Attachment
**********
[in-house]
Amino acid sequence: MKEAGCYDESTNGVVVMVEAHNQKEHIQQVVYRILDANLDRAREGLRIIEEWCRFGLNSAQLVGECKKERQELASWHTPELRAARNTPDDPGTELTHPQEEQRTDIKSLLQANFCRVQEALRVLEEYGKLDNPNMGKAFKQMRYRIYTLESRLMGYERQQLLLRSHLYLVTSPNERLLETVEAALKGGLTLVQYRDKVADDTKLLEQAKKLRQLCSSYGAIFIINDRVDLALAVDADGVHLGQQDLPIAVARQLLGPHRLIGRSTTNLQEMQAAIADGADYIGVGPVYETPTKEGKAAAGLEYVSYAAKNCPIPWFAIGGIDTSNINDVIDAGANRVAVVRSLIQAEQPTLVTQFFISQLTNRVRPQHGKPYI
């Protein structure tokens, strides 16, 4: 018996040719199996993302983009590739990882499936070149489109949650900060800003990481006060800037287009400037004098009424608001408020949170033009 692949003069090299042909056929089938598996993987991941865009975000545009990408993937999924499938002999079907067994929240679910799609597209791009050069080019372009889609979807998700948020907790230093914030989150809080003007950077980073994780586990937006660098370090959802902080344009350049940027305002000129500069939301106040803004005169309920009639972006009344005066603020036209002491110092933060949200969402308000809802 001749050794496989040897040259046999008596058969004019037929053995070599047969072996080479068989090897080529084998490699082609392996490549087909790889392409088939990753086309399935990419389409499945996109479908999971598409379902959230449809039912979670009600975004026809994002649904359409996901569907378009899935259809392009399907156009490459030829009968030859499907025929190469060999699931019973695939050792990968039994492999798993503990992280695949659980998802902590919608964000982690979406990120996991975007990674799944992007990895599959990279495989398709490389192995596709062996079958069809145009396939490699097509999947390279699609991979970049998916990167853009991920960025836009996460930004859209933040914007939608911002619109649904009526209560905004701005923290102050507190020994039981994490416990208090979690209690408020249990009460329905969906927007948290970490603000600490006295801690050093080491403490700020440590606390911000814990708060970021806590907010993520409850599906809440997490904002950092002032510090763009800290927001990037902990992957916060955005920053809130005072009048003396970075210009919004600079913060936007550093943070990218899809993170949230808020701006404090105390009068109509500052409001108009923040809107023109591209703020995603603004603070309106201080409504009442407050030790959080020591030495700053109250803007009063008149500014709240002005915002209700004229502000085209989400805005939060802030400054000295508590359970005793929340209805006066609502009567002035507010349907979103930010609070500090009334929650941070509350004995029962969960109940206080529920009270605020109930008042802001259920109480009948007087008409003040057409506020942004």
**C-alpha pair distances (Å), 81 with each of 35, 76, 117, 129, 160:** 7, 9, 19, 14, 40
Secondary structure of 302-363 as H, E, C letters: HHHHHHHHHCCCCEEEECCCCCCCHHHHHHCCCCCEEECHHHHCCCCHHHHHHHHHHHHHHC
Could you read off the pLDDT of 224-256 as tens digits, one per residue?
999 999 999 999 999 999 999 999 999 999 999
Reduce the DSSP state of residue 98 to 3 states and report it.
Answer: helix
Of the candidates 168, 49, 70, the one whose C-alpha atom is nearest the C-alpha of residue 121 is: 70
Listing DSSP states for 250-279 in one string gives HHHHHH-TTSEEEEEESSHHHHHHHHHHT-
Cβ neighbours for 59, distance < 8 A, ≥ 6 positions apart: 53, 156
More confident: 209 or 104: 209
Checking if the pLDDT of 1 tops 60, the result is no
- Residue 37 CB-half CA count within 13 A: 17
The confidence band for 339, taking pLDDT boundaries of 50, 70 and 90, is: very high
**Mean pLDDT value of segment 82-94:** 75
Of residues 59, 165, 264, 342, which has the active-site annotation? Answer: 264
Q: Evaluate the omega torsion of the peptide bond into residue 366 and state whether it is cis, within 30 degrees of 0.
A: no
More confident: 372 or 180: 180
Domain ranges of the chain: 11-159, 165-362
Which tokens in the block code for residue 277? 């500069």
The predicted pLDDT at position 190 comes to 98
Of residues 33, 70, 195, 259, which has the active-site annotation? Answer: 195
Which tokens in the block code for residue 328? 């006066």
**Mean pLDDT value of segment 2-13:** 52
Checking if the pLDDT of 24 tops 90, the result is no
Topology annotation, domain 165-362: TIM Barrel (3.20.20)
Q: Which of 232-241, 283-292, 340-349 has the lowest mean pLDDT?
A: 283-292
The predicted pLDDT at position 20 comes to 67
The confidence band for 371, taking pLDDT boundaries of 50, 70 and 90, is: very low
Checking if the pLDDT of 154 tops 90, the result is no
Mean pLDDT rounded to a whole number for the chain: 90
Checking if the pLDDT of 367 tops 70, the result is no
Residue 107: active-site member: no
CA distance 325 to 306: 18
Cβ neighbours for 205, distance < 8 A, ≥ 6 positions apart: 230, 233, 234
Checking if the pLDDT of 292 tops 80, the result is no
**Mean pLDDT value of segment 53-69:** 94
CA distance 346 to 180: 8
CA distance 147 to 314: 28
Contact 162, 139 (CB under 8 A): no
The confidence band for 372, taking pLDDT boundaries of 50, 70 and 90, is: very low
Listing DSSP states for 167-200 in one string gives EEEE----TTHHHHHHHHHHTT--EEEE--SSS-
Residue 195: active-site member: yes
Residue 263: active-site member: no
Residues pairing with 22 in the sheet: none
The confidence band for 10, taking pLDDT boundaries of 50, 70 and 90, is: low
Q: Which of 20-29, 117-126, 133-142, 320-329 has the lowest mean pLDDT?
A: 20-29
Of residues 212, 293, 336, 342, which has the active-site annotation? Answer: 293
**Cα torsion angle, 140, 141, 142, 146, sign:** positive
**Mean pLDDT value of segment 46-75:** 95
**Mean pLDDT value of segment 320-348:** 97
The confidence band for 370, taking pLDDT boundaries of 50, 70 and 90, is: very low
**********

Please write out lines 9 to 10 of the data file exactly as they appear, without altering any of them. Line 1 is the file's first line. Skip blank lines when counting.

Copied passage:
Answer: helix
Of the candidates 168, 49, 70, the one whose C-alpha atom is nearest the C-alpha of residue 121 is: 70